Saturday proved to be an excellent birding day at the Montlake Fill. I'd heard reports of an American Bittern making regular visits there the past few days, and when Truman and I arrived, two birder friends had just seen it land at the Southwest Pond. We headed right over to search for it.
I hadn't seen a bittern since 2008 -- they are reclusive, solitary critters whose cryptic coloration makes them easy to disappear in their marshy surroundings. Truman got a bit bored as I stood on the bank of the pond, scanning the grass and reeds. Patience was rewarded -- the bird suddenly appeared from behind a tangle of branches, and waded slowly over to the bank where it vanished into the reeds.
Next, I noticed a small flock of Green-winged Teal preening nearby -- another sign that the Wintering-Over Waterfowl are returning to the Fill.
An American Tree Sparrow had also been reported a few days earlier -- they are rare on this side of the Cascades. I did not find it, but I had an enjoyable time perched on my camp stool watching the shrubs that are a favorite spot for sparrows of all kinds. I watched Song Sparrows and Golden-crowned Sparrows and quite a few Lincoln's Sparrows like this one:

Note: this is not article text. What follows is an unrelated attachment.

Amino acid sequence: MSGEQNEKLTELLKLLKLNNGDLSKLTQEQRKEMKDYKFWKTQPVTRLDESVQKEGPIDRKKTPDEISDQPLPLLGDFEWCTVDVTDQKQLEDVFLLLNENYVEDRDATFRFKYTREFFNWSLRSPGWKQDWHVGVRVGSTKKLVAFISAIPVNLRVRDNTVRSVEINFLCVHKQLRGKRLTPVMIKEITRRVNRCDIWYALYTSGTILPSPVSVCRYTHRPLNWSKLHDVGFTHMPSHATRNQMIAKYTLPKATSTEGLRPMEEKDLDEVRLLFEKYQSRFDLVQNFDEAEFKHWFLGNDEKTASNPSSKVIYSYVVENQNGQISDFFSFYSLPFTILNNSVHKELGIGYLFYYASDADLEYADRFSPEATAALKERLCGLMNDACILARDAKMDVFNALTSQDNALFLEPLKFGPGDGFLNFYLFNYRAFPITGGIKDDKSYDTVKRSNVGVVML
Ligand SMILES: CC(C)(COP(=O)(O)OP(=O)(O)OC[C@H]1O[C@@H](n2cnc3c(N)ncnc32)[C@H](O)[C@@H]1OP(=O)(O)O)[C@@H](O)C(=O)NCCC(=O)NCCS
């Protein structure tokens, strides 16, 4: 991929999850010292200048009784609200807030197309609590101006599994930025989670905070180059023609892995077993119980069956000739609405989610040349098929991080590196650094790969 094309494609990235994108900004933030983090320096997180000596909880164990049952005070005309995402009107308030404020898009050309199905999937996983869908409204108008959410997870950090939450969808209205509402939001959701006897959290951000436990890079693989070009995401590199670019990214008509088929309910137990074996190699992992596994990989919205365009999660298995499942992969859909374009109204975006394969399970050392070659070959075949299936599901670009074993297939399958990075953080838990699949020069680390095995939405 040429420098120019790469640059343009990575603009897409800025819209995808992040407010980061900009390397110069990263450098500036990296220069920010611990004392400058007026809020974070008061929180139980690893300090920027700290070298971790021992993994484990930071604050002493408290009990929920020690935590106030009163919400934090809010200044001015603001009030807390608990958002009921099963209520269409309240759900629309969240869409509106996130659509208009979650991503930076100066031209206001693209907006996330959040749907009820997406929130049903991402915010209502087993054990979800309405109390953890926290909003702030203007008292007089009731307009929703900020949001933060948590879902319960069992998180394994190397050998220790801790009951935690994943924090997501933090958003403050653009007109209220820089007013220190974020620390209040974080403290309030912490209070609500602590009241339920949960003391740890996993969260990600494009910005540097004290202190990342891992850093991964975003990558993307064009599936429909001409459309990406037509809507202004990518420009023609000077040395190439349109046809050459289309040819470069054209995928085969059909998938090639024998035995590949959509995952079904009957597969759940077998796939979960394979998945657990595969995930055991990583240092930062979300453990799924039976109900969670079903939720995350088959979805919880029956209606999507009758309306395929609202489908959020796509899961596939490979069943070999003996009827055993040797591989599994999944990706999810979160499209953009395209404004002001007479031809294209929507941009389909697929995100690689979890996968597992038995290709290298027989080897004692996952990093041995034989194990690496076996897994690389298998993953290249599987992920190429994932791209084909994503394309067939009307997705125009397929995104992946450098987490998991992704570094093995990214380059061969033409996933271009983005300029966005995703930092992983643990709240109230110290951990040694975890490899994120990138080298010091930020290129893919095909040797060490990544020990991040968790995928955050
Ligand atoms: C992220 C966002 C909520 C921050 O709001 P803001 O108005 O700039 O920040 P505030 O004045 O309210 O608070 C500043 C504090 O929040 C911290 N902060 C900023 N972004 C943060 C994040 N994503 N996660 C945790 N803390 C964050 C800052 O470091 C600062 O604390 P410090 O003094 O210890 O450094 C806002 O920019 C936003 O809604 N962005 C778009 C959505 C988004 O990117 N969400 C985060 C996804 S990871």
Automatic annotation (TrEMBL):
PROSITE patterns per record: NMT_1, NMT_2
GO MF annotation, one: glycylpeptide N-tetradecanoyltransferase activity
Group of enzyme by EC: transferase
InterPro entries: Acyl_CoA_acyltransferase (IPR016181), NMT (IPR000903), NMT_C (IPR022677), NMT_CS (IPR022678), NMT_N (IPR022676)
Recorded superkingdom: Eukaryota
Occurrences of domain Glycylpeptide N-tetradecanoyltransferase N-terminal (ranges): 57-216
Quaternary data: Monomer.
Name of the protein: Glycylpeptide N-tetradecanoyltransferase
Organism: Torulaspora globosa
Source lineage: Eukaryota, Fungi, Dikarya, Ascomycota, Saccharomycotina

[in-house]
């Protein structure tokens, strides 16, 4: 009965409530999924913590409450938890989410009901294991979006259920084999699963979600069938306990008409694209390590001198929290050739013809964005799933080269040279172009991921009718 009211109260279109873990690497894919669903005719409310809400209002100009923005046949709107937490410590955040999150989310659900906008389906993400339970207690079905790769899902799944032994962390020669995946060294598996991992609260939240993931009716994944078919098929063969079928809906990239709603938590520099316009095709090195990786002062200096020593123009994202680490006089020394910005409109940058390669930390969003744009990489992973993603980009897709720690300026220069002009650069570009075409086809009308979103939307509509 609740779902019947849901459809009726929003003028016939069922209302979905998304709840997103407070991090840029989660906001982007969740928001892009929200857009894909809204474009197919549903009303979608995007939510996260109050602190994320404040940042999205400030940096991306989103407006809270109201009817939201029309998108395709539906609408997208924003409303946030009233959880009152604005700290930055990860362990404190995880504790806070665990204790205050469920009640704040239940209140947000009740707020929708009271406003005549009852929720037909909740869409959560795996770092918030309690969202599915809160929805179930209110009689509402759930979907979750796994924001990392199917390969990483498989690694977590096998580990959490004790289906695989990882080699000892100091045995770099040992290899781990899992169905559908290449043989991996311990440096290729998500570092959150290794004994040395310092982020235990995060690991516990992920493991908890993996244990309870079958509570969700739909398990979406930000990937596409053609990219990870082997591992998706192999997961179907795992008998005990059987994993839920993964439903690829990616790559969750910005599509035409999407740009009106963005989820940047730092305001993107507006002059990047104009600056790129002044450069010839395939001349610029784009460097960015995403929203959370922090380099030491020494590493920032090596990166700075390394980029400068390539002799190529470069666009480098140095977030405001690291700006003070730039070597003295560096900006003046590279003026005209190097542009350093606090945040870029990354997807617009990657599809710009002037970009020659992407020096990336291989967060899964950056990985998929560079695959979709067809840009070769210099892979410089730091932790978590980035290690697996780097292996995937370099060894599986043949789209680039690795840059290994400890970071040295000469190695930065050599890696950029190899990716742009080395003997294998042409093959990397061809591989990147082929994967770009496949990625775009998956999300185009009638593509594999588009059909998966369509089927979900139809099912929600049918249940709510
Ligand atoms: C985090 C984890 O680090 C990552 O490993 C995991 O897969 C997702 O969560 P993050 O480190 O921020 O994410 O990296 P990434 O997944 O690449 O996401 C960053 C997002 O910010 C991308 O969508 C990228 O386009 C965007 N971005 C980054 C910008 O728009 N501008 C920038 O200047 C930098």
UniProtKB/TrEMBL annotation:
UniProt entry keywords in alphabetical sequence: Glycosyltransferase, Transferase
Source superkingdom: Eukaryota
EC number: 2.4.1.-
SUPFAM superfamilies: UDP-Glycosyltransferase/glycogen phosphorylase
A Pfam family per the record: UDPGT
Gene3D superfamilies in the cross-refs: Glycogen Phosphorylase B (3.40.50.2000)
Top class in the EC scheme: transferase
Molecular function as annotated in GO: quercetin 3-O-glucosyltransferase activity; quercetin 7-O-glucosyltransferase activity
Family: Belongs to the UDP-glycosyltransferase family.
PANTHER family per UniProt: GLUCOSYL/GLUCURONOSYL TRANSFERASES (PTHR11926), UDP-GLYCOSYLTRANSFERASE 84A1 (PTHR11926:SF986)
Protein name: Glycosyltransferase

They are also Fall/Winter birds here. The sparrows were singing and chirping and hopping in and out, and then suddenly they all disappeared and went silent. I immediately scanned the sky, wondering where the raptor was -- and was rewarded by a Merlin zipping across. After two passes over the fields, it flew off to parts unknown, and the sparrows slowly reappeared.
We moved along to the lakefront, where a Bald Eagle scattered the coot flock. A small group of birders on a field trip pointed out a pair of otters far out in the lake. They were diving, catching fish, and coming up on a log to eat. They were WAY far out so I couldn't get good pics, but I tried anyway.
What a great morning!